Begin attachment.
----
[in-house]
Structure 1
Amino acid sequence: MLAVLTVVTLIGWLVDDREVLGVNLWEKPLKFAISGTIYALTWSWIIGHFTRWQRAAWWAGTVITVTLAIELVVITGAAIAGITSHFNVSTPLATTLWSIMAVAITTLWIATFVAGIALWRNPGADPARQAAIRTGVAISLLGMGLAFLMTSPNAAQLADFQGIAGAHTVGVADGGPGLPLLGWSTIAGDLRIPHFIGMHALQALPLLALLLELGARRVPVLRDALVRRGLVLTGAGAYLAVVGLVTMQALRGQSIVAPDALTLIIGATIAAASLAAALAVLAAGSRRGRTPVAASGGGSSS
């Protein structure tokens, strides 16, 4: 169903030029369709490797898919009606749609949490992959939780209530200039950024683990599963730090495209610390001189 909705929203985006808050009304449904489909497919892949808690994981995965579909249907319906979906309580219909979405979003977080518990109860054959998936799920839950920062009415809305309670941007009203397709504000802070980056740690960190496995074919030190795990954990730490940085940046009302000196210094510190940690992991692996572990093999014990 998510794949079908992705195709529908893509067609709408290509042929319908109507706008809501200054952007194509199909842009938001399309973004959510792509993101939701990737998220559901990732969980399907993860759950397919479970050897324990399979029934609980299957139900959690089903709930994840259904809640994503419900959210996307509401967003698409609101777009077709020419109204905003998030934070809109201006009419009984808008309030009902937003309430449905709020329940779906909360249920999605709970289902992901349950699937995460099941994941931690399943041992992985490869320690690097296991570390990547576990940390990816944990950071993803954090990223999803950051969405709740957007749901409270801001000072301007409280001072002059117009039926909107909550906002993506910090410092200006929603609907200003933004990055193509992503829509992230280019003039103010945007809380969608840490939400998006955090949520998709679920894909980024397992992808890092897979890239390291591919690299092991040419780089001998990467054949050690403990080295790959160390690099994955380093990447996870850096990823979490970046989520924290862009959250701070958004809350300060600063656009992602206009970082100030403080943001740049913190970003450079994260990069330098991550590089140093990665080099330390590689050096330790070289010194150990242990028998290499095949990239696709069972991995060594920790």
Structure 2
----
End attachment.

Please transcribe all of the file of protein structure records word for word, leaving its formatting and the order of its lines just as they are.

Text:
[in-house]
Structure 1
Amino acid sequence: MLAVLTVVTLIGWLVDDREVLGVNLWEKPLKFAISGTIYALTWSWIIGHFTRWQRAAWWAGTVITVTLAIELVVITGAAIAGITSHFNVSTPLATTLWSIMAVAITTLWIATFVAGIALWRNPGADPARQAAIRTGVAISLLGMGLAFLMTSPNAAQLADFQGIAGAHTVGVADGGPGLPLLGWSTIAGDLRIPHFIGMHALQALPLLALLLELGARRVPVLRDALVRRGLVLTGAGAYLAVVGLVTMQALRGQSIVAPDALTLIIGATIAAASLAAALAVLAAGSRRGRTPVAASGGGSSS
């Protein structure tokens, strides 16, 4: 169903030029369709490797898919009606749609949490992959939780209530200039950024683990599963730090495209610390001189 909705929203985006808050009304449904489909497919892949808690994981995965579909249907319906979906309580219909979405979003977080518990109860054959998936799920839950920062009415809305309670941007009203397709504000802070980056740690960190496995074919030190795990954990730490940085940046009302000196210094510190940690992991692996572990093999014990 998510794949079908992705195709529908893509067609709408290509042929319908109507706008809501200054952007194509199909842009938001399309973004959510792509993101939701990737998220559901990732969980399907993860759950397919479970050897324990399979029934609980299957139900959690089903709930994840259904809640994503419900959210996307509401967003698409609101777009077709020419109204905003998030934070809109201006009419009984808008309030009902937003309430449905709020329940779906909360249920999605709970289902992901349950699937995460099941994941931690399943041992992985490869320690690097296991570390990547576990940390990816944990950071993803954090990223999803950051969405709740957007749901409270801001000072301007409280001072002059117009039926909107909550906002993506910090410092200006929603609907200003933004990055193509992503829509992230280019003039103010945007809380969608840490939400998006955090949520998709679920894909980024397992992808890092897979890239390291591919690299092991040419780089001998990467054949050690403990080295790959160390690099994955380093990447996870850096990823979490970046989520924290862009959250701070958004809350300060600063656009992602206009970082100030403080943001740049913190970003450079994260990069330098991550590089140093990665080099330390590689050096330790070289010194150990242990028998290499095949990239696709069972991995060594920790």
Structure 2